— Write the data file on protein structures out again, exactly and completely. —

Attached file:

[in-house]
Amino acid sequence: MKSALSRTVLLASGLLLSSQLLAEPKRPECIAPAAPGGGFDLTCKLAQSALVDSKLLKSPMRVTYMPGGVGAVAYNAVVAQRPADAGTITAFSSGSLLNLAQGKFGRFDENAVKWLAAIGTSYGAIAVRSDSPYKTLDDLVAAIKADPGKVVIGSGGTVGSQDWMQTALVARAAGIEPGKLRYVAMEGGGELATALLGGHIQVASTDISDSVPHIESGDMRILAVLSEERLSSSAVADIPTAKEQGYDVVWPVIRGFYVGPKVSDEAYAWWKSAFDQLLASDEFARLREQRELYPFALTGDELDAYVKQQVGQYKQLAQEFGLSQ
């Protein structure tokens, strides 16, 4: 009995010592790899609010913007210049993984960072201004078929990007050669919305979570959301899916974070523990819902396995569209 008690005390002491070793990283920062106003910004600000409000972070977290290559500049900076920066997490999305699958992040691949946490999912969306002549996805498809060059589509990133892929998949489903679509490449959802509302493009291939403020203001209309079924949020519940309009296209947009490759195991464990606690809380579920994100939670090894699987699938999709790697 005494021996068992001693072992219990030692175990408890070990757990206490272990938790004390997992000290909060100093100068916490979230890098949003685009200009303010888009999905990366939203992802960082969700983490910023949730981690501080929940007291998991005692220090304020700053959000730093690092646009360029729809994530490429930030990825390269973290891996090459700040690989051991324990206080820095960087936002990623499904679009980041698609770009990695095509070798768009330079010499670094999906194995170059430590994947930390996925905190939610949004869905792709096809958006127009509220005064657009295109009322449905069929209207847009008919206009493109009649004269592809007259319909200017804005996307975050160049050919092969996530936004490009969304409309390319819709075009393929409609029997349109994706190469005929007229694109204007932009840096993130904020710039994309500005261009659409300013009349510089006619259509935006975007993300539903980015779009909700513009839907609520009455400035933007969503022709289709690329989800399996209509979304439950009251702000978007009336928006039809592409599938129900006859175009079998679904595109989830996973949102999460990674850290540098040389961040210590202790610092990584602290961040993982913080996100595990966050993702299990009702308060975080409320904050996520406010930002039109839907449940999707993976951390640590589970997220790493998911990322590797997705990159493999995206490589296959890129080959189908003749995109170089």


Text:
[in-house]
Amino acid sequence: MKSALSRTVLLASGLLLSSQLLAEPKRPECIAPAAPGGGFDLTCKLAQSALVDSKLLKSPMRVTYMPGGVGAVAYNAVVAQRPADAGTITAFSSGSLLNLAQGKFGRFDENAVKWLAAIGTSYGAIAVRSDSPYKTLDDLVAAIKADPGKVVIGSGGTVGSQDWMQTALVARAAGIEPGKLRYVAMEGGGELATALLGGHIQVASTDISDSVPHIESGDMRILAVLSEERLSSSAVADIPTAKEQGYDVVWPVIRGFYVGPKVSDEAYAWWKSAFDQLLASDEFARLREQRELYPFALTGDELDAYVKQQVGQYKQLAQEFGLSQ
């Protein structure tokens, strides 16, 4: 009995010592790899609010913007210049993984960072201004078929990007050669919305979570959301899916974070523990819902396995569209 008690005390002491070793990283920062106003910004600000409000972070977290290559500049900076920066997490999305699958992040691949946490999912969306002549996805498809060059589509990133892929998949489903679509490449959802509302493009291939403020203001209309079924949020519940309009296209947009490759195991464990606690809380579920994100939670090894699987699938999709790697 005494021996068992001693072992219990030692175990408890070990757990206490272990938790004390997992000290909060100093100068916490979230890098949003685009200009303010888009999905990366939203992802960082969700983490910023949730981690501080929940007291998991005692220090304020700053959000730093690092646009360029729809994530490429930030990825390269973290891996090459700040690989051991324990206080820095960087936002990623499904679009980041698609770009990695095509070798768009330079010499670094999906194995170059430590994947930390996925905190939610949004869905792709096809958006127009509220005064657009295109009322449905069929209207847009008919206009493109009649004269592809007259319909200017804005996307975050160049050919092969996530936004490009969304409309390319819709075009393929409609029997349109994706190469005929007229694109204007932009840096993130904020710039994309500005261009659409300013009349510089006619259509935006975007993300539903980015779009909700513009839907609520009455400035933007969503022709289709690329989800399996209509979304439950009251702000978007009336928006039809592409599938129900006859175009079998679904595109989830996973949102999460990674850290540098040389961040210590202790610092990584602290961040993982913080996100595990966050993702299990009702308060975080409320904050996520406010930002039109839907449940999707993976951390640590589970997220790493998911990322590797997705990159493999995206490589296959890129080959189908003749995109170089």